TikTokers Refuse To Give Up Their "Little Treat” Culture

Go ahead. Get the latte.

If you’re a millennial, then you know it’s pretty much impossible to get through the day without buying yourself a little something. Running errands? Time for an iced coffee. Sluggish in the afternoon? Better get a bagel. Feeling down? A new lip balm will cheer you up. On TikTok, this is called “little treat” culture — and it’s a lifestyle so many folks happily follow.

When it comes to treat culture, IYKYK. But if you don’t, it’s basically the phenomenon of indulging in small, inexpensive pleasures as a way to get a much-needed boost of happiness and satisfaction. Treats can turn a bad day around and make a good day even better. A prime example: TikTok creator @thebookshelfbitch treated herself one afternoon to a $8.40 latte, just because it was Friday and she wanted it. Her philosophy? You’re worth the money — and everyone in her comments section agreed. One person wrote, “Little treats make the world go round. We deserve it!” while another said, “Treats are way better than owning a home.” It’s a mood.

The comments under TikToker @jordxnlewis’ video on treat culture also spell it out. One person wrote, “I have this thing called drink tax. Anytime I go somewhere I have to get something to drink”. Another noted, “Especially if it’s under $10, for some reason it doesn’t count.”

Some folks simply can’t imagine a life without a random $5 hand soap from Trader Joe’s or an iced Venti Caramel Macchiato on a hot summer day. In the grand scheme of things, these purchases are small, but in the moment they mean everything.

If you ever doubt your need for a little reward, know that there’s actually a science-backed benefit to treating yourself. “When we treat ourselves, our brains release dopamine, a neurotransmitter that is associated with pleasure,” says Dr. Elizabeth Campbell, licensed psychologist, marriage and family therapist, and career counselor. As you toss the hand soap into your cart, you’ll feel a mini burst of joy that quite literally improves your mood.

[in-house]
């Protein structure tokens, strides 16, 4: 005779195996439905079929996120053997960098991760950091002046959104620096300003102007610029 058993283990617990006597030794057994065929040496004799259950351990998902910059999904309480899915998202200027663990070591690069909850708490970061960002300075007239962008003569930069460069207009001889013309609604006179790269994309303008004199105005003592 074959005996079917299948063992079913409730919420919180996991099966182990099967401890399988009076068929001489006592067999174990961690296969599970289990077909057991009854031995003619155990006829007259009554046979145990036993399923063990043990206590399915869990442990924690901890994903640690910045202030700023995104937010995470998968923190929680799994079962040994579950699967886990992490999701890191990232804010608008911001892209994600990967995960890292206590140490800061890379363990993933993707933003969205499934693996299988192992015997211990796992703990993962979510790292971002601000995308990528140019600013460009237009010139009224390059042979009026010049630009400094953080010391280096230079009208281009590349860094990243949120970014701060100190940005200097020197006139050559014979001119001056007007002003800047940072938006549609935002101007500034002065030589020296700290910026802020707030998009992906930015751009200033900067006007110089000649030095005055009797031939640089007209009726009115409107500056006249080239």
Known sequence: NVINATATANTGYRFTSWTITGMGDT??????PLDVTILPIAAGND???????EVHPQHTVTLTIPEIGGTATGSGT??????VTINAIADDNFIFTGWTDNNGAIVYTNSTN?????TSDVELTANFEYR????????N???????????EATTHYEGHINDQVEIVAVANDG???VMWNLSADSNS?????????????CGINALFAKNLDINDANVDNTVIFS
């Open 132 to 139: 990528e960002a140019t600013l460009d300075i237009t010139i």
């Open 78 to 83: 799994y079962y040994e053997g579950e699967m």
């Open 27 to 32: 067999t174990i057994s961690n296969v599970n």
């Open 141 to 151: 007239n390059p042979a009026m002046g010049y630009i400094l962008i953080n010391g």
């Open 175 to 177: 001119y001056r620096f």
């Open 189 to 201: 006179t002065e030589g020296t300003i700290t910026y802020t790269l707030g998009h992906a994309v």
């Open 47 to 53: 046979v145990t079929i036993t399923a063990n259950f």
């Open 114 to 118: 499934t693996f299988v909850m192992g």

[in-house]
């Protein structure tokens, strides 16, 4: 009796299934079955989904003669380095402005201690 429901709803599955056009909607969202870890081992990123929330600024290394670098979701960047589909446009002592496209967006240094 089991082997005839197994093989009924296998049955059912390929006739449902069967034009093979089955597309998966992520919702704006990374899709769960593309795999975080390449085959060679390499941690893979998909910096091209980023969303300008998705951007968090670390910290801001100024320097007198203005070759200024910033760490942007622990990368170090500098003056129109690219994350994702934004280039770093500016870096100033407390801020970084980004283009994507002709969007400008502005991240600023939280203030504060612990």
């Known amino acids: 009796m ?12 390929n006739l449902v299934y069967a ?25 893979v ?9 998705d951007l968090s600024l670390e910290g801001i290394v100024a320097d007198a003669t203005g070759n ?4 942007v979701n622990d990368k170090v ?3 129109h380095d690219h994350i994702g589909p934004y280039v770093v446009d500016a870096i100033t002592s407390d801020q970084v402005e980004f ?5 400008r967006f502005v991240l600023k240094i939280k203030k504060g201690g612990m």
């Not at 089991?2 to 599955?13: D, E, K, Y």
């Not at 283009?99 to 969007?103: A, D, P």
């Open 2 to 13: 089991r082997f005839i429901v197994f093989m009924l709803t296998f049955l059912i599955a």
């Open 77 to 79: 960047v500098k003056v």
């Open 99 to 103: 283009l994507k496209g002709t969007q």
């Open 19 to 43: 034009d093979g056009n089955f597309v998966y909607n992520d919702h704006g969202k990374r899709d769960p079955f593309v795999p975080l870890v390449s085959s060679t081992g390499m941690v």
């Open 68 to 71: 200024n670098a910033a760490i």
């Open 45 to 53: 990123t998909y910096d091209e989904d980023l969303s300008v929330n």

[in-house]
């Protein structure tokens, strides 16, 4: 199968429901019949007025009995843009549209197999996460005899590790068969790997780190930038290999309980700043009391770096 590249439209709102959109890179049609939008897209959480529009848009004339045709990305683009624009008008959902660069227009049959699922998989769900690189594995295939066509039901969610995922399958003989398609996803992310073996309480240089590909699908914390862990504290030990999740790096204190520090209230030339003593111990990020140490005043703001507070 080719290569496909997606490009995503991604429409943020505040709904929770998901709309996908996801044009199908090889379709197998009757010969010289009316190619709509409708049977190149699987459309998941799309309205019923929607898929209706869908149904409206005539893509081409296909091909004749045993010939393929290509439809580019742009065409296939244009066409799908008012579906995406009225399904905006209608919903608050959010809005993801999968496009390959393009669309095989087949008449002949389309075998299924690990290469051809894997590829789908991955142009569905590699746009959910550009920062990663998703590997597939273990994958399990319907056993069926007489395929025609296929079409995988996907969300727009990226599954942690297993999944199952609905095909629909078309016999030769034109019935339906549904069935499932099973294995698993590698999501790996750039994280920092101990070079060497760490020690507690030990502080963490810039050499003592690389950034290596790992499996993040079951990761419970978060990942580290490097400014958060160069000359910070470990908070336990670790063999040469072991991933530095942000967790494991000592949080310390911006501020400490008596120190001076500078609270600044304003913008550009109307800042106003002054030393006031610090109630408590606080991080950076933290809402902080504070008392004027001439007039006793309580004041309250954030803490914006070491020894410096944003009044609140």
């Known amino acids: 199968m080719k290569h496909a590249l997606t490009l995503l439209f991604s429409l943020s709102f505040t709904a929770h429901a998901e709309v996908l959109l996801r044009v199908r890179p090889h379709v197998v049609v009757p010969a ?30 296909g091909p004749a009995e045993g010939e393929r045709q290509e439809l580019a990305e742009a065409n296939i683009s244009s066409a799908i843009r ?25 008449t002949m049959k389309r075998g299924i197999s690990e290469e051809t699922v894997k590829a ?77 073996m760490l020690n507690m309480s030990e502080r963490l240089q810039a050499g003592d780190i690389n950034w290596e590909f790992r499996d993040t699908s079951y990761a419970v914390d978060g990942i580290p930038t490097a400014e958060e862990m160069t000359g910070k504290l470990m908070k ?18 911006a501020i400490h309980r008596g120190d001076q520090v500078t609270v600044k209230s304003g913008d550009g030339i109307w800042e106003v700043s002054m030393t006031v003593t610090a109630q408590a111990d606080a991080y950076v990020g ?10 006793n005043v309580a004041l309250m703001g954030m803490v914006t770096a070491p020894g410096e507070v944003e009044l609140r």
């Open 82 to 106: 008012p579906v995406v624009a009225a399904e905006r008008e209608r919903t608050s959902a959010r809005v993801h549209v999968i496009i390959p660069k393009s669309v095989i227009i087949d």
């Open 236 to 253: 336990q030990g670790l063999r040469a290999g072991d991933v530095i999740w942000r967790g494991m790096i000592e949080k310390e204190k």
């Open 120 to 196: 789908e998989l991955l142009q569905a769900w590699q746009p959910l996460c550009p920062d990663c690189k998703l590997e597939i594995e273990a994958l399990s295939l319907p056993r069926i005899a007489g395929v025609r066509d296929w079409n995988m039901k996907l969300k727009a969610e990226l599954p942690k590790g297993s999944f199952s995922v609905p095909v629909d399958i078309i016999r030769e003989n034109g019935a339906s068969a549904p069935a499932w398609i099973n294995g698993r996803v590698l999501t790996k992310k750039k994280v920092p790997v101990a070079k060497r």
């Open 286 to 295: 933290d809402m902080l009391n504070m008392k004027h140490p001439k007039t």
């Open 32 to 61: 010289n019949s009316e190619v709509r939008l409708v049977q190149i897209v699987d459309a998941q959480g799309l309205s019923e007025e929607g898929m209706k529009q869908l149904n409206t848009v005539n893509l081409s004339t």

Treat culture also serves as an incentive for getting stuff done, which is a must when you’re checking mundane chores off your to-do list. Sure, you don’t need to get yourself a matcha on your way home, but it certainly makes the experience more fun. According to clinical psychologist Aura De Los Santos, treat culture is a form of self-care, as well as a way to break up your normal routine. It’s why the call of the treat is strong mid-afternoon when you’ve hit a slump. It’s nothing a chocolate croissant won’t fix.

On TikTok, @mckinelyeyelaine casually suggested giving up little treat culture as a way to save money — and their comments immediately flooded with panic, shock, and dread. One person said their brain short-circuited at the idea while another claimed they would not be able to live without little treats. You can tell they’re only half joking.

Of course, it’s a good idea to stick to a budget in a way that works for you. If it doesn’t hurt your bank account to get a cold brew, then go ahead and get a cold brew. If it’s better to treat yourself every other day — or once a week — do that.

As Campbell says, treat culture can be a healthy way to add moments of joy to your life. The rush that comes from buying an over-priced oat milk matcha is real, after all.

Studies referenced:

Grelle, K. (2023). The Generation Gap Revisited: Generational Differences in Mental Health, Maladaptive Coping Behaviors. J Adult Dev. doi: 10.1007/s10804-023-09442-x.

Xie, A. (2022). Who Can Get More Happiness? Effects of Different Self-Construction and Experiential Purchase Tendency on Happiness. Front Psychol. doi: 10.3389/fpsyg.2021.799164.


Dr. Elizabeth Campbell, licensed psychologist, licensed marriage and family therapist, certified career counselor

Aura De Los Santos, clinical psychologist, educational psychologist